Heidi Stevens, a columnist for the Chicago Tribune’s Life and Style section, embodies the meaning of “balancing act,” which also happens to be the title of her daily column. Stevens is a true Chicagoan whose writing style is as real as her genuine and humble personality. As a wife, mother and writer, Stevens shares her role in and out of context and how she views herself as a writer in an ever-evolving society.
Q: What made you choose journalism?
A: “I didn’t know what I wanted to do when I got to college. I wasn’t one of those freshmen who was like, ‘I know my major. I know my career path. Then freshman year one of my English professors said, ‘You’re a talented writer, you should think about writing as a career.’ I didn’t really know what that would look like. She suggested I go to the student newspaper and ask for an assignment, and I did and I was hooked almost immediately. I really loved the vibe of the newsroom. I loved how it was kind of a collection of misfits, and people who read a lot and were curious and talkative. By my senior year, I was the editor of the school paper. I interned at newspapers over the summers. I fell in love with it almost immediately.”
Q: What does a typical work day look like for you?
A: “Typical is a funny word because that implies that there is a typical day and they’re all slightly different. I usually start around 5 a.m. because my column is daily. I often write off the news just to be timely and to be relevant and be writing about what people are talking about that day. I poke around and see what’s trending, what people are talking about. I work until about 7 and then I stop and get my kids ready for school. I have two kids, second grade and fifth grade. Then I start back up around 8:45 and finish writing, file my column, answer any questions my editor has. I spend the rest of the day basically finding an audience for it–engaging with readers on social media–Facebook, Twitter, Google Plus, answering emails, and then looking for the next day’s column.”
Q: How has social media changed your career from when you started until now?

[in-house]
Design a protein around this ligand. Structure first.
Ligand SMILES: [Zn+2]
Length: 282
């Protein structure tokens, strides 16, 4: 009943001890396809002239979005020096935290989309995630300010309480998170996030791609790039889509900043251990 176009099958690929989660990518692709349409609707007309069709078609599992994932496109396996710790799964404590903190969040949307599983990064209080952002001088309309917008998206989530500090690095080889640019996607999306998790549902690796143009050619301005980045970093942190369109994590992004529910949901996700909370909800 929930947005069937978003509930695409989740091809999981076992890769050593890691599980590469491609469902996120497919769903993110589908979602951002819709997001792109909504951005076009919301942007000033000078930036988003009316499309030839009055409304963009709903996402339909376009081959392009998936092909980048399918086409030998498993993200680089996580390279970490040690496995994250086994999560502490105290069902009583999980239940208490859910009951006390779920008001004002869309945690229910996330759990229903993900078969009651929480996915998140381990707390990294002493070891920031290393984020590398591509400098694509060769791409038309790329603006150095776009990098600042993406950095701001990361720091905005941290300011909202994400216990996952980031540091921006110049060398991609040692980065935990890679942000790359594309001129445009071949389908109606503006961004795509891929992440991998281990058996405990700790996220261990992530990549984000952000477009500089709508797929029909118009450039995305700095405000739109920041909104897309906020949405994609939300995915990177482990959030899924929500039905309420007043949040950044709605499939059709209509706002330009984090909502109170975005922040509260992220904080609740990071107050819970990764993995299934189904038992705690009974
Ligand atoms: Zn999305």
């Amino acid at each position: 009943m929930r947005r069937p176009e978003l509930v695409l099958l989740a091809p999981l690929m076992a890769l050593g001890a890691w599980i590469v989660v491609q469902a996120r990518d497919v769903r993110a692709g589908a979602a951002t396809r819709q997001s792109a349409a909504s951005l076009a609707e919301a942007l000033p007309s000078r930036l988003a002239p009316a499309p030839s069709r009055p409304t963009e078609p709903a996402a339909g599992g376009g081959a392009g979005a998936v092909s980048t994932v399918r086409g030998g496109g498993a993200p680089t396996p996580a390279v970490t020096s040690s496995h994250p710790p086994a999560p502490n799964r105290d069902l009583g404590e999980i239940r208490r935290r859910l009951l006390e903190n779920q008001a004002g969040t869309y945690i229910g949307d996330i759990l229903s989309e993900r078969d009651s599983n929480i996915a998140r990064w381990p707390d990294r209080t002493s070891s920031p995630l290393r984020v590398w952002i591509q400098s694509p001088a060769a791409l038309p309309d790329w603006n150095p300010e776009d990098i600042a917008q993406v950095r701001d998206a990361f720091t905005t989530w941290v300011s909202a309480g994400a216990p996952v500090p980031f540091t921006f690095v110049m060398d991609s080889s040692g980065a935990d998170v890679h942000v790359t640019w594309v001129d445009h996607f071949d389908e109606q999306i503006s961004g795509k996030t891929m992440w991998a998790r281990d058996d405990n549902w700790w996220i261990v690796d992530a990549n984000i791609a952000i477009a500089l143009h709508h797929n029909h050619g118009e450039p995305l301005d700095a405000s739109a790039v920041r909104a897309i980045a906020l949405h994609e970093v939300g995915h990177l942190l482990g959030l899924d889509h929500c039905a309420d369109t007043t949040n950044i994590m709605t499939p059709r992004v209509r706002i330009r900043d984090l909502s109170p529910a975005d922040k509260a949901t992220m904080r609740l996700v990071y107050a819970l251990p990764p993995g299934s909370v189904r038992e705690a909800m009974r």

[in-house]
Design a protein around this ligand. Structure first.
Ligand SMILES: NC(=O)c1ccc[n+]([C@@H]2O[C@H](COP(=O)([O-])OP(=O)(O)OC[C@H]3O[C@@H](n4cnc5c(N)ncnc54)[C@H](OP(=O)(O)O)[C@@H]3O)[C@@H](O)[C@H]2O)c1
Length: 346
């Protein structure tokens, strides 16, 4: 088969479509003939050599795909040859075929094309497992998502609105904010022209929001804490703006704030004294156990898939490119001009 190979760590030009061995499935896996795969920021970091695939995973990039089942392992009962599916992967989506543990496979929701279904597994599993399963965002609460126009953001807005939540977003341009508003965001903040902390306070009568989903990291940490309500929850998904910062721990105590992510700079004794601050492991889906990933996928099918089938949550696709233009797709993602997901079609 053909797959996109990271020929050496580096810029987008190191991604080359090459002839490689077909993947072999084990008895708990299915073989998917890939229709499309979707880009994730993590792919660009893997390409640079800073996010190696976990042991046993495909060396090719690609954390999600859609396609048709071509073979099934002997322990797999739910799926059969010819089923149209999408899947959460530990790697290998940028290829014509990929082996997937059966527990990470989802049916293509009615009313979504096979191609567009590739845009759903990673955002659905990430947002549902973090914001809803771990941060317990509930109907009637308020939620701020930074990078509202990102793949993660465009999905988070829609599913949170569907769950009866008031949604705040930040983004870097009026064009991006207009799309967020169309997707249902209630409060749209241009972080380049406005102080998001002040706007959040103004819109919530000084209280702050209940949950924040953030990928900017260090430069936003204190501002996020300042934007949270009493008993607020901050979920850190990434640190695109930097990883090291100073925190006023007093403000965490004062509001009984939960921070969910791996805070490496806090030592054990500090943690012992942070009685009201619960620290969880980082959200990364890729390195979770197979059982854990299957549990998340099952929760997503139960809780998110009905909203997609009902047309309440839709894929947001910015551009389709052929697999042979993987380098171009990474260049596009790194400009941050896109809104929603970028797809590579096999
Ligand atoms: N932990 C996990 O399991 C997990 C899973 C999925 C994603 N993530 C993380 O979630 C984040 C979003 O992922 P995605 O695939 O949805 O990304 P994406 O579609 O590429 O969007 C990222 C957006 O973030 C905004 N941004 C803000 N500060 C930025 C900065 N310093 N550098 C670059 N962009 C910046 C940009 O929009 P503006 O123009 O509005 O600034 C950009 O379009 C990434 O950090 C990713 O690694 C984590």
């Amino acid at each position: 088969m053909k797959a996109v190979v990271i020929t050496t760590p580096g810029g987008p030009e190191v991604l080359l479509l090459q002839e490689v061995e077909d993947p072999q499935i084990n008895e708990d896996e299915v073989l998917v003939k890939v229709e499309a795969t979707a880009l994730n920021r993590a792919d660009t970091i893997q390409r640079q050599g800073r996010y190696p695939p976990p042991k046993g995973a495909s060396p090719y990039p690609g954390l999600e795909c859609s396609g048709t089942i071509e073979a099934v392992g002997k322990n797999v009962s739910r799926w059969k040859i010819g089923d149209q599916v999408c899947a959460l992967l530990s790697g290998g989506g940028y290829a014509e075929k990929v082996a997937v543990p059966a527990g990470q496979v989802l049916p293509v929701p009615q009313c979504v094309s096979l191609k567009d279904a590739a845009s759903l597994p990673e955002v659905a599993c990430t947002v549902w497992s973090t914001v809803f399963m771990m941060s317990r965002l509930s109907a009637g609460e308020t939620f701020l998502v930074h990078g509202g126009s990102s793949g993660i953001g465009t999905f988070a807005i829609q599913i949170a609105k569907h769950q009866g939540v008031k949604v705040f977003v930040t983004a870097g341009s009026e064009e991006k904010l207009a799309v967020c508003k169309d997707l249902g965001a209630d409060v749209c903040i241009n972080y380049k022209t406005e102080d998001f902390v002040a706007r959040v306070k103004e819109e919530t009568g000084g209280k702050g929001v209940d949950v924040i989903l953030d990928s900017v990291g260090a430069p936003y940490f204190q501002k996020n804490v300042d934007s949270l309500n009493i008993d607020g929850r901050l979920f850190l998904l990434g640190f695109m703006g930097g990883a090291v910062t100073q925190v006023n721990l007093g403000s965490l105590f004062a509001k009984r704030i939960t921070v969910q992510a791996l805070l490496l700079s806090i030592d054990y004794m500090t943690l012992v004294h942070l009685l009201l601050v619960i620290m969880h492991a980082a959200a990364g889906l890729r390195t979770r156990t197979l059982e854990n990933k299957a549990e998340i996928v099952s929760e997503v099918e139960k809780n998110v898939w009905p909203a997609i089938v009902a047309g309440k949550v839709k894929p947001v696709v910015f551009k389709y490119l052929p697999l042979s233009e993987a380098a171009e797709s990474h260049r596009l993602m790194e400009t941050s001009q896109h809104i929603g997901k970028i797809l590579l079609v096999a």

A: “Almost completely. When I started at the Tribune we didn’t have email, there was no website. It was 1998 we were literally drawing the newspaper [on] paper, with paper with pencils. . .we barely used computers. It’s evolved from the website being not much of a thought at all to the website being our whole mission, and social media to me is a way to send people to our website first and foremost. I don’t think my job wasn’t as much building my own brand and pushing my stories out to readers before social media. Social media has made part of my job become finding an audience and targeting an audience. I don’t think of that as a bad thing though, I enjoy engaging with readers and I enjoy the dialogue that we have on social media, but it’s changed my job probably more than just about anything.”
Q: How do you balance between being a mom and being a wife and working for the biggest newspaper in the city?
A: “It’s crazy. It’s total madness. I drink a lot of coffee. I don’t think of all of those things as separate parts of my life that I have to sort of stop and start. I try to just think of them all as one thing. I will bring my kids to work. I will bring my work home. I don’t think a person could really do this job that I do and keep it in silos. I write about my kids sometimes. I write about things I do with my kids. I sort of feel like I’m never not working. But I’m also never not a mom. I fit what I need to fit in, when I need to fit it in.”
Q: Your column is called Balancing Act, was that a name you chose or they chose for you?